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SIMPLE IRA w/Match, failed to withhold for new employees


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advisor I work with let me know that he has a client that had some employees enroll in 2021, but he never withheld anything, and did not deposit anything for these employees. Can they correct under VCP? how should they handle the fact nothing was ever withheld? I'm having some difficulty trying to figure out the best course of action.

if the SIMPLE is being treated as a qualified plan would be, then I think that this applies:

P test. .05 Exclusion of an eligible employee from all contributions or accruals under the plan for one or more plan years. (1) Improperly excluded employees: employer provided contributions or benefits. For plans with employer provided contributions or benefits (which are neither elective deferrals under a qualified cash or deferred arrangement under § 401(k) nor matching or after-tax employee contributions that are subject to § 401(m)), the permitted correction method is to make a contribution to the plan on behalf of the employees excluded from a defined contribution plan or to provide benefit accruals for the employees excluded from a defined benefit plan. (2) Improperly excluded employees: contributions subject to § 401(k) or 401(m). (a) For plans providing benefits subject to § 401(k) or 401(m), the corrective contribution for an improperly excluded employee is described in the following paragraphs of this section .05(2). (See Appendix B, Examples 3 through 12.) (b) If the employee was not provided the opportunity to elect and make elective deferrals (other than designated Roth contributions) to a § 401(k) plan that does not satisfy § 401(k)(3) by applying the safe harbor contribution requirements of § 401(k)(12) or 401(k)(13), the employer must make a QNEC to the plan on behalf of the employee that replaces the “missed deferral opportunity.” The missed deferral opportunity is equal to 50 percent of the employee’s “missed deferral.” The missed deferral is determined by multiplying the actual deferral percentage for the year of exclusion (whether or not the plan is using current or prior year testing) for the employee's group in the plan (either highly compensated or nonhighly compensated) by the employee’s compensation for that year. The employee’s missed deferral amount is reduced further to the extent necessary to ensure that the missed deferral does not exceed applicable plan limits, including the annual deferral limit under § 402(g) for the calendar year in which the failure occurred. Under this correction method, a plan may not be treated as two separate plans, one covering otherwise excludable employees and the other covering all other employees (as permitted in §1.410(b)-6(b)(3)) in order to reduce the applicable ADP, the corresponding missed deferral, and the required QNEC. Likewise, restructuring the plan into component plans is not permitted in order to reduce the applicable ADP, the corresponding missed deferral, and the required QNEC. The QNEC required for the employee for the missed deferral opportunity for the year of exclusion is adjusted for Earnings to the date the corrective QNEC is made on behalf of the affected employee. (c) If the employee should have been eligible for but did not receive an allocation of employer matching contributions under a non-safe harbor plan because he or she was not given the opportunity to make elective deferrals, the employer must make a Page 84 of 140 corrective employer nonelective contribution on behalf of the affected employee. The corrective employer nonelective contribution is equal to the matching contribution the employee would have received had the employee made a deferral equal to the missed deferral determined under section .05(2)(b). The corrective employer nonelective contribution must be adjusted for Earnings to the date the corrective contribution is made on behalf of the affected employee.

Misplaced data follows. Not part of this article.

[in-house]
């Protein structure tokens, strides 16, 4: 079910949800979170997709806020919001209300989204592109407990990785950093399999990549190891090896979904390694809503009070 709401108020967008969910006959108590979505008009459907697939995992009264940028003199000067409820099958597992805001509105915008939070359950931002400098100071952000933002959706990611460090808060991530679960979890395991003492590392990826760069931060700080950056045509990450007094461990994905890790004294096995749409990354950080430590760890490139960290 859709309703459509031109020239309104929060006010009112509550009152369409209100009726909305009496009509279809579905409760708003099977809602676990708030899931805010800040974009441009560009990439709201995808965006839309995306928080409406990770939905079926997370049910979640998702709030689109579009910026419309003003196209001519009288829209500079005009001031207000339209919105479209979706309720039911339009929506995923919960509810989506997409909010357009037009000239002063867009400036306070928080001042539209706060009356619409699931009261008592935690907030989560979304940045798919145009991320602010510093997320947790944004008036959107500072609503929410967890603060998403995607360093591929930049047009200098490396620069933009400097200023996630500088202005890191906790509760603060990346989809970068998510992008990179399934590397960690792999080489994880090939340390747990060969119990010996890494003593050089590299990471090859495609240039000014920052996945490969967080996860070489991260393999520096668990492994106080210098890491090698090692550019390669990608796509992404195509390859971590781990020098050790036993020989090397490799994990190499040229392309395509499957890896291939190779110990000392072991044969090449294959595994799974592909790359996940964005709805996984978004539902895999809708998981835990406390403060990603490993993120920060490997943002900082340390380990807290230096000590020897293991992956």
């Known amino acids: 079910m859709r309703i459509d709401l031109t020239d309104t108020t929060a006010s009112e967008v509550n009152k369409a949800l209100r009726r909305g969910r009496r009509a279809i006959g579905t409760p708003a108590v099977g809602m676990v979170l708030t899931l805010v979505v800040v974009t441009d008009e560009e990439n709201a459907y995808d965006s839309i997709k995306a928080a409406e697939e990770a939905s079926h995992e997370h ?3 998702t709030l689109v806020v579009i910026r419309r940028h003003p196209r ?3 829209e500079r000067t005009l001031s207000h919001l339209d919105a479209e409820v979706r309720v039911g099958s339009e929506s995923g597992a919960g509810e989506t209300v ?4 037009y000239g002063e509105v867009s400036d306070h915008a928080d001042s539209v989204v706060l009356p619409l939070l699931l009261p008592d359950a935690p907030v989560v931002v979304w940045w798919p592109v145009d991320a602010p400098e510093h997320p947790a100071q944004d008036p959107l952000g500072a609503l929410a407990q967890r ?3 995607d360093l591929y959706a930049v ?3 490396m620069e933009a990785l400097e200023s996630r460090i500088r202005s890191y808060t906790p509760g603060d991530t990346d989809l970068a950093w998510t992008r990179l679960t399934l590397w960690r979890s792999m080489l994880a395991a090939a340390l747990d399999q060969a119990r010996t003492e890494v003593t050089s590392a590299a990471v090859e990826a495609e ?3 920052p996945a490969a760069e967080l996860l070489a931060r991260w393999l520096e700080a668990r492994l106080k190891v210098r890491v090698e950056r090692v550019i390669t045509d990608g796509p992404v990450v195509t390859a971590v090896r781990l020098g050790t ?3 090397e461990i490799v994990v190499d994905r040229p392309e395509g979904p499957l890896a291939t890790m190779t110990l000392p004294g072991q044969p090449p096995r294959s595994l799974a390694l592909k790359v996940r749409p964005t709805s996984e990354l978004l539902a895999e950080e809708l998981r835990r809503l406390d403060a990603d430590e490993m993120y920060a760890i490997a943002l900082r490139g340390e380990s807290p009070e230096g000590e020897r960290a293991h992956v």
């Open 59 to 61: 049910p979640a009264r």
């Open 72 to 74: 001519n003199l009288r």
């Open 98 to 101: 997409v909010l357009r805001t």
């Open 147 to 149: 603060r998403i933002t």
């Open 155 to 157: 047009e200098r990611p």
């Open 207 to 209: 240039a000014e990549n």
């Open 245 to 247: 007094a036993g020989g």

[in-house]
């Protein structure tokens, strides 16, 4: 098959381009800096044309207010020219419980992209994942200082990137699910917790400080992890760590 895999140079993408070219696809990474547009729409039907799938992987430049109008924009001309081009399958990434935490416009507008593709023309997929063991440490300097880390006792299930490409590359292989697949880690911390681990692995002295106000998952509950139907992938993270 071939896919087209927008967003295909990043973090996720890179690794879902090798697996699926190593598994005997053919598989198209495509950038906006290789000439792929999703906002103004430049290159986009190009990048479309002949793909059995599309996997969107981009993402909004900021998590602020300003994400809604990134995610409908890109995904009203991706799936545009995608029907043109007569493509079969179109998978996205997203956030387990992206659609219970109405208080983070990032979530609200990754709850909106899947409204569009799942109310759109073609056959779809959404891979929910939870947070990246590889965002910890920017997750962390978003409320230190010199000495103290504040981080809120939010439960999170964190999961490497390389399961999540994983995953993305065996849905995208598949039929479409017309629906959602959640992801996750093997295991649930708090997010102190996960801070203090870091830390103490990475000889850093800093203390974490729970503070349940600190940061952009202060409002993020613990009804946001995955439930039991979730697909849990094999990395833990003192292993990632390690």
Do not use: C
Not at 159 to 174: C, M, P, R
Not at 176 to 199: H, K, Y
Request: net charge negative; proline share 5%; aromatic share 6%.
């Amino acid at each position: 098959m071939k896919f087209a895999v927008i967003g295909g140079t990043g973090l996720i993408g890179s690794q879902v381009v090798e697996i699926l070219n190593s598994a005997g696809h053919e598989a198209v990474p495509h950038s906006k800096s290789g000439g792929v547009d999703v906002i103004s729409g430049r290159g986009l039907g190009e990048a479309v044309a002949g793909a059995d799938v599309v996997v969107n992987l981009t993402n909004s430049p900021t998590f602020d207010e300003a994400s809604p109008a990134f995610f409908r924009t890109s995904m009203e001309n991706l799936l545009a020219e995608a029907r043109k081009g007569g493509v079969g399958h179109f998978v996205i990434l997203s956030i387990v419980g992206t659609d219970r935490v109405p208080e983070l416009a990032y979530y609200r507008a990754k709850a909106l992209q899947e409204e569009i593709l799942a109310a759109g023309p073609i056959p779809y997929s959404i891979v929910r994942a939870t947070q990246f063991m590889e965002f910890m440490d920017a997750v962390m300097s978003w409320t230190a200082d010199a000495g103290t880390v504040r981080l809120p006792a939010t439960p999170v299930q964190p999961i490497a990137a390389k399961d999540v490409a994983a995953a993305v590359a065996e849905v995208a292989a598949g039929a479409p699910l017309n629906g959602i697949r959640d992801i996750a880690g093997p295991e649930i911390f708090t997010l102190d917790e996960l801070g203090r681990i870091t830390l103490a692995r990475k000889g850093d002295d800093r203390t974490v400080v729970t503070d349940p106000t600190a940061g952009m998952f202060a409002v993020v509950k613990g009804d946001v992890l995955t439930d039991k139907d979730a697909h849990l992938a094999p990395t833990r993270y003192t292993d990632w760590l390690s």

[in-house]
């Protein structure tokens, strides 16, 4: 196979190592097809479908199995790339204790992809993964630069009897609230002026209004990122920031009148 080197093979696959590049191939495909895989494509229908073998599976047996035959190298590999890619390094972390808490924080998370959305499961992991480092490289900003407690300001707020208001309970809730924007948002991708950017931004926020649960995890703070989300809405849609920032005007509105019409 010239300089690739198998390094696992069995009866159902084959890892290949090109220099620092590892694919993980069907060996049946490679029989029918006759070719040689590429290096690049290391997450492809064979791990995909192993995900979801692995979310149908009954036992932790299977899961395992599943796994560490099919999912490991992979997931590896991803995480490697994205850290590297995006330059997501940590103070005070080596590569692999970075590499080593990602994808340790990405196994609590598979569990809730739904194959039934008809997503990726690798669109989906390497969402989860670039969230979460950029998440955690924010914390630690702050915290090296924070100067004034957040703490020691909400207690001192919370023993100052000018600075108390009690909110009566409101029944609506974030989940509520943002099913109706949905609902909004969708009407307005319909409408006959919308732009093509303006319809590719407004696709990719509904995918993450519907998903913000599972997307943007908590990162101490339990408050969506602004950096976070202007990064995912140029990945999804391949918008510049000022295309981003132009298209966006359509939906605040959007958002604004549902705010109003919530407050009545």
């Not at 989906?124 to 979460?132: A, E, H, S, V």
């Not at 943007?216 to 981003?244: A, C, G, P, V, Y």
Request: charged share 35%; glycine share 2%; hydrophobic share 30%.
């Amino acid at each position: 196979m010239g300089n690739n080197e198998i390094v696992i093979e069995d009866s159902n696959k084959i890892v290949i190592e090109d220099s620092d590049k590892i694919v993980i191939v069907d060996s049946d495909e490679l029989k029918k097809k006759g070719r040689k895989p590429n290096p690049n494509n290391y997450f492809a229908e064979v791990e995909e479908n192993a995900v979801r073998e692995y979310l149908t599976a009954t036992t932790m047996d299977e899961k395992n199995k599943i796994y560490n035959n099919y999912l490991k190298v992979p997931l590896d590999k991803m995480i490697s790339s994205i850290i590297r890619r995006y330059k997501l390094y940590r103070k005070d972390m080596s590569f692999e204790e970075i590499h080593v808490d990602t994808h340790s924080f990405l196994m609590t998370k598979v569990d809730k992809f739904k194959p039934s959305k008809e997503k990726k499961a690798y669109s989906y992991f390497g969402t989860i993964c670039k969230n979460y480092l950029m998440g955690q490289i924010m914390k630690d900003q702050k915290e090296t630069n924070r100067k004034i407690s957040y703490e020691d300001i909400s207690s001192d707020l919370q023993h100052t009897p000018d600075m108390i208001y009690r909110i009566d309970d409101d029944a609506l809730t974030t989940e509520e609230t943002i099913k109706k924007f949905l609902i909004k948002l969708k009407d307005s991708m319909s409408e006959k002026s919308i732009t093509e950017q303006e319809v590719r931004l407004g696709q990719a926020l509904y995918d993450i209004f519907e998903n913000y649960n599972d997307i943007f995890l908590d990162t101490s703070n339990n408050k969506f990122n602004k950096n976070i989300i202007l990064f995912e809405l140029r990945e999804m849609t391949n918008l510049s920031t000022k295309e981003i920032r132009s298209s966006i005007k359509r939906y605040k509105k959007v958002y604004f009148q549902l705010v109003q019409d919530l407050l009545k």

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Luke, yes, they signed up asked to defer, and the ER failed to withhold or transmit a payment. As it turns out, the IRS has really specific guidance that I found:

 

If you excluded an eligible employee, you must make up for the employee’s “missed deferral opportunity” by making a contribution of 1.5% of compensation for the period of the employee’s exclusion, plus earnings (calculated from the date that the elective deferrals should have been made through the date of correction). The “missed deferral opportunity” is the economic loss to the employee from not having a portion of compensation deferred on a pretax basis to a retirement account in which the amounts deferred can accumulate tax-free. Since the employee didn’t have a chance to make an election, IRS safe harbor correction methods assume that the employee would’ve elected to defer 3% of compensation. The required corrective contribution to replace the missed deferral opportunity is 50% of the missed deferral, or 1.5% of compensation.

If, under the plan, the employer contribution is a 3% match, then the corrective contribution should include a matching contribution of 3% of compensation plus earnings (calculated from the date that you should have made the required contributions through the date of correction). If the improperly excluded employee made the 3% of compensation elective deferral, as assumed in the prior paragraph, then the employee would’ve received a matching contribution equal to 3% of compensation. (Note: This contribution is in addition to the corrective contribution you must make to replace the “missed deferral opportunity.”)

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